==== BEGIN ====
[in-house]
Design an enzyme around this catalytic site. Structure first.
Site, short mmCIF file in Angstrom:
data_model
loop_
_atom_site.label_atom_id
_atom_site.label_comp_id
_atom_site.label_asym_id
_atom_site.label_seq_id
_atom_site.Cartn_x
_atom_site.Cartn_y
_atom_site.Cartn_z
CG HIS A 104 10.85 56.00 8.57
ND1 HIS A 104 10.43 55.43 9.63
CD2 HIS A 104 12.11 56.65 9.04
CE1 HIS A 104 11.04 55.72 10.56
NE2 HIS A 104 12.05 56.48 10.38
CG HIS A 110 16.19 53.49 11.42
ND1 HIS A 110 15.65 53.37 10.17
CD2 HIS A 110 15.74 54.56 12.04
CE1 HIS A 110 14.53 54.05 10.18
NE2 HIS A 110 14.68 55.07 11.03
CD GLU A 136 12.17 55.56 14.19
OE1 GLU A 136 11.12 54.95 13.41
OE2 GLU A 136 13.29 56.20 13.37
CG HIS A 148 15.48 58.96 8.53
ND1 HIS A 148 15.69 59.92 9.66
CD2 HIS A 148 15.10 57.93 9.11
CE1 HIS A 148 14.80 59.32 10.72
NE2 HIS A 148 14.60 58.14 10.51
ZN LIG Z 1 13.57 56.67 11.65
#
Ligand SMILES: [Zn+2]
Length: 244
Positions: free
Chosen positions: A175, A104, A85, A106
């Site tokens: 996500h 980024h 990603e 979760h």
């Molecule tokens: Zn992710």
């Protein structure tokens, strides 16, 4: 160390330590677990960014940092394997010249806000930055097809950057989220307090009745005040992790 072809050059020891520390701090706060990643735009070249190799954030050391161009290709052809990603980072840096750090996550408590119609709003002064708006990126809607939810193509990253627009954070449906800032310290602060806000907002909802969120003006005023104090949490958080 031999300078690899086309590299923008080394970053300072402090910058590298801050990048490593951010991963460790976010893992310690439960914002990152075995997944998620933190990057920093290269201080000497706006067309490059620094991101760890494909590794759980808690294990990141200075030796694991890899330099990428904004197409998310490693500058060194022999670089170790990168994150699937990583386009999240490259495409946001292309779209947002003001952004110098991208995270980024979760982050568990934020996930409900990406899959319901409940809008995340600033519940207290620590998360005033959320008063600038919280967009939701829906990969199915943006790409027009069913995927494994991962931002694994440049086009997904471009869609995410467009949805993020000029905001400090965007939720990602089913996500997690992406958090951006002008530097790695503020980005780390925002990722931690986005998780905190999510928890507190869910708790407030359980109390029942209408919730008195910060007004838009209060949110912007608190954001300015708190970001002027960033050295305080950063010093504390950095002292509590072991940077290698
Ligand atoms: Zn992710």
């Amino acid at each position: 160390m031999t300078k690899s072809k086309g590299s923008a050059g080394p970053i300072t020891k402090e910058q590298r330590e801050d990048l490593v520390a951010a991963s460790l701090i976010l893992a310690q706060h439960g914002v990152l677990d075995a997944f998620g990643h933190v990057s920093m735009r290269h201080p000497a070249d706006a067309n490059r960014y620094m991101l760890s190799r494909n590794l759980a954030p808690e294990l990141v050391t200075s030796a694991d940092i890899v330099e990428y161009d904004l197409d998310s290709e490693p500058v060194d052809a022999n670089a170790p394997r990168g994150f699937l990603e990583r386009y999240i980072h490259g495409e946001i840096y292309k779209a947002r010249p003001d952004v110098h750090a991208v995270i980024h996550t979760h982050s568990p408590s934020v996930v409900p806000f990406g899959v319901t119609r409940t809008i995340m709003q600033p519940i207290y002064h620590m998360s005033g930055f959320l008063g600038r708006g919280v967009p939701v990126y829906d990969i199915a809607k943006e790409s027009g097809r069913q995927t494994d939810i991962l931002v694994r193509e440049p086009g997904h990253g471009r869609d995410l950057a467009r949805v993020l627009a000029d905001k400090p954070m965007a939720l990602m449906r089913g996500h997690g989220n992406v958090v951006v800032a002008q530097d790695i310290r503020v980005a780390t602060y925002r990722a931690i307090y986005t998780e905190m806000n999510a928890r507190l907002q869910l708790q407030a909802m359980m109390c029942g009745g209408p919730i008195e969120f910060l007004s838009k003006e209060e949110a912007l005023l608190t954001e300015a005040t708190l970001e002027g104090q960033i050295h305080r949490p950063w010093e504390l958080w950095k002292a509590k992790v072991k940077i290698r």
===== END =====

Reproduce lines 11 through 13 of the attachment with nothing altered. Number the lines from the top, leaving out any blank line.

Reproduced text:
_atom_site.Cartn_y
_atom_site.Cartn_z
CG HIS A 104 10.85 56.00 8.57